In this second installment in the series, Tessa is often just as responsible for the friction in her relationship with Hardin. But I’m perhaps getting ahead of myself. After the first book ended with Hardin and Tessa seemingly separated for good, Tessa attends a book convention in Seattle as part of her internship working for Vance, and after a night out on the town, she drunks dials Hardin, who of course comes running to see her. This encounter ends about as well as I expected, but it does get them back on a path to becoming a couple again.
Their relationship is never going to win the feminism seal of approval for totally healthy relationships. Hardin is a jealous jerk with a tendency to speak first and think later, and Tessa has a few really dumb moments, usually inspired by drinking more and thinking less. Alcohol plays a big role in a lot of their mistakes, which is sorta hypocritical given the histories of both their fathers. But the kids of alcoholics statistically do have more problems with alcohol, so I’m not saying it’s unrealistic, just hypocritical. Continue reading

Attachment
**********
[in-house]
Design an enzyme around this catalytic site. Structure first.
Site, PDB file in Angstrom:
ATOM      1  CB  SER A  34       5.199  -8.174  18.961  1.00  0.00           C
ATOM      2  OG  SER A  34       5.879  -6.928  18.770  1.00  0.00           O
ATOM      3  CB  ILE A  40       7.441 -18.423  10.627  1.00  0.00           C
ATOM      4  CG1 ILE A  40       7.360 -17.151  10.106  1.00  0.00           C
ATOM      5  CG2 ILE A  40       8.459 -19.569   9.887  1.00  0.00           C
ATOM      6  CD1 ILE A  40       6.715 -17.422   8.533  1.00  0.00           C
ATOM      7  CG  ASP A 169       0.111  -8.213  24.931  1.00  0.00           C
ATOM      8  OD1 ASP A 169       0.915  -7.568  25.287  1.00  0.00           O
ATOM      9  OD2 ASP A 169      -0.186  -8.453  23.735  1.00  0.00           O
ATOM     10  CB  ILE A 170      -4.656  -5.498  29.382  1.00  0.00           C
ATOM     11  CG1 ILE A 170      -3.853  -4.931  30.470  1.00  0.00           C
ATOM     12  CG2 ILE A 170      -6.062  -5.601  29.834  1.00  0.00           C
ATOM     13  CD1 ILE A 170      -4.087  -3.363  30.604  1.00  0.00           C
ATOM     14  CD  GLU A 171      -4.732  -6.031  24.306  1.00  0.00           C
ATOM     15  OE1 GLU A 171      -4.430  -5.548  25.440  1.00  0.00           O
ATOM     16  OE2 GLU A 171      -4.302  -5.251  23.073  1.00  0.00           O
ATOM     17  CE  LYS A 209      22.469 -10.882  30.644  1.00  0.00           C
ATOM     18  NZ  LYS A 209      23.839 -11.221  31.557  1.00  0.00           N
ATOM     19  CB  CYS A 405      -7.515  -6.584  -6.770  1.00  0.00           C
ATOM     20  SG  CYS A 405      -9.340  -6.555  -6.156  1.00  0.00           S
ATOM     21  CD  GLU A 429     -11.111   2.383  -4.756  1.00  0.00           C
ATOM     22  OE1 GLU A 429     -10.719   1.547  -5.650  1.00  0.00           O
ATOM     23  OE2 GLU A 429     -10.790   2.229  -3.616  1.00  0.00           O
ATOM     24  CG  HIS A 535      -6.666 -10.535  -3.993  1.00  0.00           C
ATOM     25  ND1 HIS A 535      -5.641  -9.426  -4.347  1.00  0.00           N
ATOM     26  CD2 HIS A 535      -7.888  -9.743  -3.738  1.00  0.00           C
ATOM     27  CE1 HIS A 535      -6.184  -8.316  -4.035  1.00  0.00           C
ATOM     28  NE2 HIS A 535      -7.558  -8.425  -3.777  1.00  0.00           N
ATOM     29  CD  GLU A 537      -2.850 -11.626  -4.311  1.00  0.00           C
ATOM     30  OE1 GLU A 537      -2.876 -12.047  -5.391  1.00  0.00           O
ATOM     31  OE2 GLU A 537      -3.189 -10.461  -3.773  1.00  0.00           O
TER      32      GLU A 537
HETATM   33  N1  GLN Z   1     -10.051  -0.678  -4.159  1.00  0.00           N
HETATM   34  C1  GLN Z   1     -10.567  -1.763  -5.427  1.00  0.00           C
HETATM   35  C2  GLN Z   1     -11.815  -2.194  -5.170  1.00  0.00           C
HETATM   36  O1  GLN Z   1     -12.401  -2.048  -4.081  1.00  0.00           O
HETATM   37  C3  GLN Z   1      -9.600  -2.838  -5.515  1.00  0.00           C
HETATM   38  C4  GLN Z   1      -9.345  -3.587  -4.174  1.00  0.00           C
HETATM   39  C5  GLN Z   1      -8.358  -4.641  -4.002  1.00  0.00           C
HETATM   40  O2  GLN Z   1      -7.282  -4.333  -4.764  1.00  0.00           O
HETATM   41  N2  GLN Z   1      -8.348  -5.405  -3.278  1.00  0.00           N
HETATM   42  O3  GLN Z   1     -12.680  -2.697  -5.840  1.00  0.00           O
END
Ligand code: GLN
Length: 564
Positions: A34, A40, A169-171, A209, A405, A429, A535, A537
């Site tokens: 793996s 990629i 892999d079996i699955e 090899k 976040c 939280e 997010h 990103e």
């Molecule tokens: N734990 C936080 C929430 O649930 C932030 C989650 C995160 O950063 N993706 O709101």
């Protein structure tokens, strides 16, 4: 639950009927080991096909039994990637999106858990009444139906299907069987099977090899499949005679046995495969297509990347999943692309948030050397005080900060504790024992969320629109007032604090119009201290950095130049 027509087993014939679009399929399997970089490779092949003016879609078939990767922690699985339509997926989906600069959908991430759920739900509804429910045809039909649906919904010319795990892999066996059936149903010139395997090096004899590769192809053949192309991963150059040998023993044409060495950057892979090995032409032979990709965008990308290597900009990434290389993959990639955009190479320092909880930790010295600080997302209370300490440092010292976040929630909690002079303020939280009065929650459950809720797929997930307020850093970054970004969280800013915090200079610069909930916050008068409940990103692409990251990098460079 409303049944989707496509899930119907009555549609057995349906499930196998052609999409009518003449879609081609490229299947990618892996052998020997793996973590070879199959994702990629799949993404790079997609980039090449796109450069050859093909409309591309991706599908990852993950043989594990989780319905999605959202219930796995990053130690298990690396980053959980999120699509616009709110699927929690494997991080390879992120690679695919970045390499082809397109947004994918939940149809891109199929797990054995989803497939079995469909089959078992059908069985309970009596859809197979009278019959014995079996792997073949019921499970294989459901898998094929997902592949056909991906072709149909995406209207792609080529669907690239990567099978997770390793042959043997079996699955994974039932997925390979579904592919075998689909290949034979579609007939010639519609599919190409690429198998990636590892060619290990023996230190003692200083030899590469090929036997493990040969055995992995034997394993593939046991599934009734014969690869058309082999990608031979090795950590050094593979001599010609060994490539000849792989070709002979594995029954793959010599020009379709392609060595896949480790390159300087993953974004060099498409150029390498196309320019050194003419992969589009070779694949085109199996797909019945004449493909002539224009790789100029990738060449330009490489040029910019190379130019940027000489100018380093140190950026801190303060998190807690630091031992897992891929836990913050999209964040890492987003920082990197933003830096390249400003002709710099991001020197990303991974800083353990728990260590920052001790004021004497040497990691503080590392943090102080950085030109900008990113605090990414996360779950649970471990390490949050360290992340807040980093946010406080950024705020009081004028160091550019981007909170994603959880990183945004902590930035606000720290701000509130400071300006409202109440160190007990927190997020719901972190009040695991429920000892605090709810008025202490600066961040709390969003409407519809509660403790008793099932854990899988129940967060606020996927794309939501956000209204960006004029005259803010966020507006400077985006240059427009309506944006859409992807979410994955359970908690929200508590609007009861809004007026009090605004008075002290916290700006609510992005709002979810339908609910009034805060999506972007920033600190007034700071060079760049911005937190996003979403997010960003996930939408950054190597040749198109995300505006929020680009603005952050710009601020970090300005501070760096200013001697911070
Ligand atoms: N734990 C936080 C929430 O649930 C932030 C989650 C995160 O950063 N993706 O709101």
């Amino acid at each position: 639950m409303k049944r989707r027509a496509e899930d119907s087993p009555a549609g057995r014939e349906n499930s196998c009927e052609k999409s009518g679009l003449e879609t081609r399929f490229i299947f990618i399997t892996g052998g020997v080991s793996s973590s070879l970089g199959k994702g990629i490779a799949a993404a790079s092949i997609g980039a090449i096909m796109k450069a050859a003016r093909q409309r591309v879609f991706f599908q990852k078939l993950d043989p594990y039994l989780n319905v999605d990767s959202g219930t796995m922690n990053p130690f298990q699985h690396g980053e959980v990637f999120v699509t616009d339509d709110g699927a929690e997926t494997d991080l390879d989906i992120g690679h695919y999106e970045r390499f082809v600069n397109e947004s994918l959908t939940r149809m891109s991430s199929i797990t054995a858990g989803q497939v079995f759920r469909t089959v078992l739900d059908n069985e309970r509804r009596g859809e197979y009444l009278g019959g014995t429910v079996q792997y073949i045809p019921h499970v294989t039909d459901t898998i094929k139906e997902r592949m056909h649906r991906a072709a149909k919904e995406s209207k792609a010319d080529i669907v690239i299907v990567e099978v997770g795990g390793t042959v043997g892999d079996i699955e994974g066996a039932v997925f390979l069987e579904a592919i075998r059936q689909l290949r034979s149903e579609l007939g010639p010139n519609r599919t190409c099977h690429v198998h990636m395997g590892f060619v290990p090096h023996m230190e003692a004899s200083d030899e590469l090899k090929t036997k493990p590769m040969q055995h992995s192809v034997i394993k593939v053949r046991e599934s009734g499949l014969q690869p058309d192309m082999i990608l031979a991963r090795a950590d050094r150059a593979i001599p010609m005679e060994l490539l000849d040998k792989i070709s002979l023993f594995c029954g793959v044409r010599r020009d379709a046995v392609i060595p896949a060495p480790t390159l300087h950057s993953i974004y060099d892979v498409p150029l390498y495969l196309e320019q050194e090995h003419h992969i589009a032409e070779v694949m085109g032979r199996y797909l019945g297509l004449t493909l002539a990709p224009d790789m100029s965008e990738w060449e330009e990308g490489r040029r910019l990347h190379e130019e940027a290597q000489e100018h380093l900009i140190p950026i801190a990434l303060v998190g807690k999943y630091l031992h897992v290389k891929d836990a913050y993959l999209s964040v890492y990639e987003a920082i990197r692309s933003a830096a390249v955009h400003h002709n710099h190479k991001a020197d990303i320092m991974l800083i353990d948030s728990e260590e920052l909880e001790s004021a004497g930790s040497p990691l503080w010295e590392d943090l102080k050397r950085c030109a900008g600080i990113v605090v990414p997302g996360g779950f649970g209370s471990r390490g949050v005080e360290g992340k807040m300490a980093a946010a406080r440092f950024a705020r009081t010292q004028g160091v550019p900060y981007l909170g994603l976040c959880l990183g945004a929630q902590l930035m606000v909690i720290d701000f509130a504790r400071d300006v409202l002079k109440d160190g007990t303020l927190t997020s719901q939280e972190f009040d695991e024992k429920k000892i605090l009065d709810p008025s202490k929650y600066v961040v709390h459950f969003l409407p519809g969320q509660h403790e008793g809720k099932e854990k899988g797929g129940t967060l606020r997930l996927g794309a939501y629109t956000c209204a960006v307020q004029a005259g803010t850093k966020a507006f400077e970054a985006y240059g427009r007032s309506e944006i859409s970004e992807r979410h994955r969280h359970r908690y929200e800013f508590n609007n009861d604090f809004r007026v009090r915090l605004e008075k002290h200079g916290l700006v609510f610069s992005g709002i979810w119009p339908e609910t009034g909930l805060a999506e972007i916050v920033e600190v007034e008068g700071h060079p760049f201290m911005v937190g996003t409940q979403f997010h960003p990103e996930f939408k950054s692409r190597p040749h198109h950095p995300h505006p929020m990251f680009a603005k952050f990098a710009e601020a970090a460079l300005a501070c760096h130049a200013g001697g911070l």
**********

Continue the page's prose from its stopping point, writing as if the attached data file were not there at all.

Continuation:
Amnesia as a starting point into a story is a trope so often used that it is mocked for being a cliché, but there’s a reason so many stories return to it. That’s because amnesia is the perfect unreliable narrator. Someone with amnesia can’t tell you if they’re good or evil. They can’t tell you who is friend or foe, and so every connection they make is viewed with the same nervous tension. Amnesia can make even the most mundane character instantly more thrilling.
Days Long Dead uses amnesia to bring the reader into an event that could have been far more terrifying if it had been allowed to expand into a full-sized novel or even a novella. Julie Travis wakes up from a car crash and discovers her passenger is dead. Closer inspection reveals that he has been dead a long time, and Julie must trace her path away from the crash to find help. At first, it seems she has, but then the people she encounters are just as suddenly long dead for no explainable reason.